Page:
Because card issuers don’t share the score, or the factors that influence the score, it’s impossible to raise your score. Cutting back on your plastic utilization used to share your behavior score can negatively affect you too – creditors may misinterpret the reason you’re using your credit card less.
Banks use your bankruptcy score to predict the likelihood that you’ll file bankruptcy in the near future. They may use your bankruptcy score to charge you higher Read more…
The PLUS Score may be an unfamiliar term for many consumers but it can be an integral part of repairing your credit and improving your knowledge as to how make your credit work for you. Experian, the consumer credit reporting agency, created the PLUS Score as a way to help consumers better understand how to manage and repair their credit scores.
The PLUS Score is consumer-friendly credit score that was created by Experian to help consumers understand what is having an impact on their present credit score. It PLUS model also provides detailed information about what consumers need to do in order to see their credit scores increase.
How PLUS Score Works
The PLUS Score is calculated from the data on an Experian credit report. The calculation is relative to the methods utilized by lenders when making credit decisions. The PLUS Score ranges from 330 to 830. Much like a traditional credit score, the higher a consumer PLUS Score is, the less of a credit risk they pose to lenders. While most creditors will pull a consumer’s FICO score when making decisions, the PLUS score can be Read more…
When two people get married, a lot of things combine, but credit histories and credit scores aren’t one of them. So, if you’re marrying someone who has bad credit, you don’t have to worry that their bad credit will drag yours down simply because you’ve been joined in holy matrimony. You do have to worry, however, if you’re applying for joint credit together, if your spouse has access to your accounts, or if your spouse has bad spending habits.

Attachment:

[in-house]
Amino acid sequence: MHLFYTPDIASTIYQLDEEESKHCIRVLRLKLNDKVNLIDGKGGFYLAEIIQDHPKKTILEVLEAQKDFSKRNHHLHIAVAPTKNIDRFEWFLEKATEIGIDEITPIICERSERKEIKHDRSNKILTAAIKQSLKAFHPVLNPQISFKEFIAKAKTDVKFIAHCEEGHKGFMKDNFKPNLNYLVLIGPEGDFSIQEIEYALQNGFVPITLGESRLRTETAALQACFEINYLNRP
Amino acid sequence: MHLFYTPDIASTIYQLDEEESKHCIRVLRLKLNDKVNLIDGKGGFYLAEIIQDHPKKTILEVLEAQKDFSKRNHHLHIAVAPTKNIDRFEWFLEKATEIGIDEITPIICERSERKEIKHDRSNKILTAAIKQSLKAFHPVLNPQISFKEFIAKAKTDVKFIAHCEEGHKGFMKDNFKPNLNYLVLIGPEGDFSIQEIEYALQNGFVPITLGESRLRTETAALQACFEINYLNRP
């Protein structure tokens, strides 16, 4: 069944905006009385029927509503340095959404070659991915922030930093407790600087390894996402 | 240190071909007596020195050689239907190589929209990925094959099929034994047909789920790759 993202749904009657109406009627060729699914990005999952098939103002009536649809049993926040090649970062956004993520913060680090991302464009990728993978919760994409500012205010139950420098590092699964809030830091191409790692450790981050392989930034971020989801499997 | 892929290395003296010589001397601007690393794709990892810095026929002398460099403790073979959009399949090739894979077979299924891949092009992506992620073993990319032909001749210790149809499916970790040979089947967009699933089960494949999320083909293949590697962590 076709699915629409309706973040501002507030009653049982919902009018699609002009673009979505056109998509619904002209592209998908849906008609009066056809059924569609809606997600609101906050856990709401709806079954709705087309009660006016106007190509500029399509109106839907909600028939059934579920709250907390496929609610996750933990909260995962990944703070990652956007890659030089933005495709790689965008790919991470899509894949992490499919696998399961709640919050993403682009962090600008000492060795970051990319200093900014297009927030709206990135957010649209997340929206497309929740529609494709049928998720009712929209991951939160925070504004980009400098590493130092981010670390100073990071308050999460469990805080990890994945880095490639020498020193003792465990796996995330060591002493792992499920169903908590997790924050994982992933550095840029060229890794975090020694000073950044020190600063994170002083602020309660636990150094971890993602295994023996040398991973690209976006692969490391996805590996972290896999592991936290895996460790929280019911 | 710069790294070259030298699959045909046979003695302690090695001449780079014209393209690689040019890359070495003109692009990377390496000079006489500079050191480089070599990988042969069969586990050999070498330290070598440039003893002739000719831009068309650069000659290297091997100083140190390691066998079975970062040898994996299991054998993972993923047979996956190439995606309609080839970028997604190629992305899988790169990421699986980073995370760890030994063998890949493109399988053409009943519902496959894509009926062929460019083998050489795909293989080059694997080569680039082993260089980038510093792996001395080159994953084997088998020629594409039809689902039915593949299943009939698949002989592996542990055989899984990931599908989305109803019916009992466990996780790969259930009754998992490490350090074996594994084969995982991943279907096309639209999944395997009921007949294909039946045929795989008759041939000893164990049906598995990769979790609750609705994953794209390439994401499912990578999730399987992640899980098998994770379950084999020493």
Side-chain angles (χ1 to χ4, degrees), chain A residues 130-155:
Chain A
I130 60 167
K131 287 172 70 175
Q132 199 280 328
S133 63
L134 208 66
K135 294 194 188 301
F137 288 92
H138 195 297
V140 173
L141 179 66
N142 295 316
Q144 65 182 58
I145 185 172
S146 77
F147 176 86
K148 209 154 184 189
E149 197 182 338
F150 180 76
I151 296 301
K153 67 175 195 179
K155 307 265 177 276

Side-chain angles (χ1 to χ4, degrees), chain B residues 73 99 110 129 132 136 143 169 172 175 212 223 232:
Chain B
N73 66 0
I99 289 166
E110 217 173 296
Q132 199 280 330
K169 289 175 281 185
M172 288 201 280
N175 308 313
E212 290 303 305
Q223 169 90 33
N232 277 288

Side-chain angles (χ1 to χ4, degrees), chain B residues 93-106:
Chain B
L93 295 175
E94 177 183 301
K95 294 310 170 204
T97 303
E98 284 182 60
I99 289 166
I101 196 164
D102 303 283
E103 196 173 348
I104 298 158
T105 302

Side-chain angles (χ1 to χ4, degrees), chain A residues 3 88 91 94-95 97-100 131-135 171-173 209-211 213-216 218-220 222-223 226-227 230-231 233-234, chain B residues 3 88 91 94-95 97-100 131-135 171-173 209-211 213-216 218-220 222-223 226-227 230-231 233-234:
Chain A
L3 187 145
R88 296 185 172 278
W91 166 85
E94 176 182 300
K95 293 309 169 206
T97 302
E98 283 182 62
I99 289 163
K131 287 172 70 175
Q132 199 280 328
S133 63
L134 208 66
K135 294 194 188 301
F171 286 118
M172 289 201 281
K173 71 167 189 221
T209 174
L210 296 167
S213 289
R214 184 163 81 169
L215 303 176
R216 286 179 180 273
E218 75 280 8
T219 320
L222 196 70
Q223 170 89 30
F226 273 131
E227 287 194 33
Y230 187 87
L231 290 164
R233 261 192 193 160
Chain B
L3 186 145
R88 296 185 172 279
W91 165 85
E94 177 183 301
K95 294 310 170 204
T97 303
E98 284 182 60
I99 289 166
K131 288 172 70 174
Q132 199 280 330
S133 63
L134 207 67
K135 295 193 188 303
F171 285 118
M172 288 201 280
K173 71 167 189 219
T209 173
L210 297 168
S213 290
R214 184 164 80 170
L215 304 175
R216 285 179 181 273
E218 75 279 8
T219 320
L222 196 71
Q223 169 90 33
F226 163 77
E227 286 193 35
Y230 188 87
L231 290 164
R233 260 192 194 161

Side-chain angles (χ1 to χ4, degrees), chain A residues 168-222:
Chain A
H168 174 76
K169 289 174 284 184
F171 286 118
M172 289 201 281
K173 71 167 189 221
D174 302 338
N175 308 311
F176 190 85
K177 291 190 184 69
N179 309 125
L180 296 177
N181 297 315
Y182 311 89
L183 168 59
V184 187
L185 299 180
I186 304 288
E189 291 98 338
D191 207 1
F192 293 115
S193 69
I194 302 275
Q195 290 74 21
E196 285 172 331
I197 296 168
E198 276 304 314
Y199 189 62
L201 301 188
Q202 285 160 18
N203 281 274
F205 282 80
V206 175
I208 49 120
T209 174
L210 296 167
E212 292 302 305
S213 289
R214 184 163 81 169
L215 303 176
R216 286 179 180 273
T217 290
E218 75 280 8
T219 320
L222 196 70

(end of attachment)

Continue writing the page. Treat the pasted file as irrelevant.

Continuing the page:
Applying for Joint Credit
Now that you’re married, there may be times when you apply for a credit card or loan with your spouse. For example, you may get a joint credit card if your spouse can’t qualify for one alone, to help your spouse repair their credit, or to make household accounting easier. Unfortunately, your spouse’s bad credit may keep you from qualifying for the best credit cards and you could wind up with a high interest rate, high fee credit card.
Applying for mortgages or car loans together will also prove difficult. Lenders have various ways of considering a joint applicant’s credit score. They may take an average of your scores or they may consider only the lowest credit score. Rarely, if ever, do they only count the highest credit score. This means you could qualify for a smaller loan, have a high down payment requirement, or have to pay a higher interest rate on the loan.
Adding a Spouse To Your Accounts
There’s a possibility that your spouse has bad credit because they have bad credit habits. If you add this spouse to your credit card accounts, their bad credit habits will Read more…
It’s becoming common knowledge that employers include credit checks as part of the application process. However, there’s also some misinformation being spread about how employment credit checks affect you. Get the facts on credit checks before you go job hunting so you know what to expect.
Employers don’t check your credit score. One of the biggest myths out there regarding employment credit checks is that employers check your credit score. This simply isn’t true. Employers check your credit report, which is a document that contains your credit history over the last seven to ten years. They’re not looking to see if you have good credit or bad credit. Instead, they’re looking to see if there are specific items on your credit report that could affect your job performance.
Not all employers check credit. Not every employer has a need to check your credit. Employers most often check credit for executive positions and positions where you’ll be dealing directly with money. If an employer needs to check your credit to continue the application process, you’ll know about it ahead of time.
Employers that check credit don’t necessarily check for all applicants. Just because your friend tells you he had a credit check with an employer for a certain position doesn’t mean you’ll have one, too. Remember that employers typically check for specific positions, so if you’re not applying for a position that requires a credit check, there’s a good chance you won’t have to go through credit screening.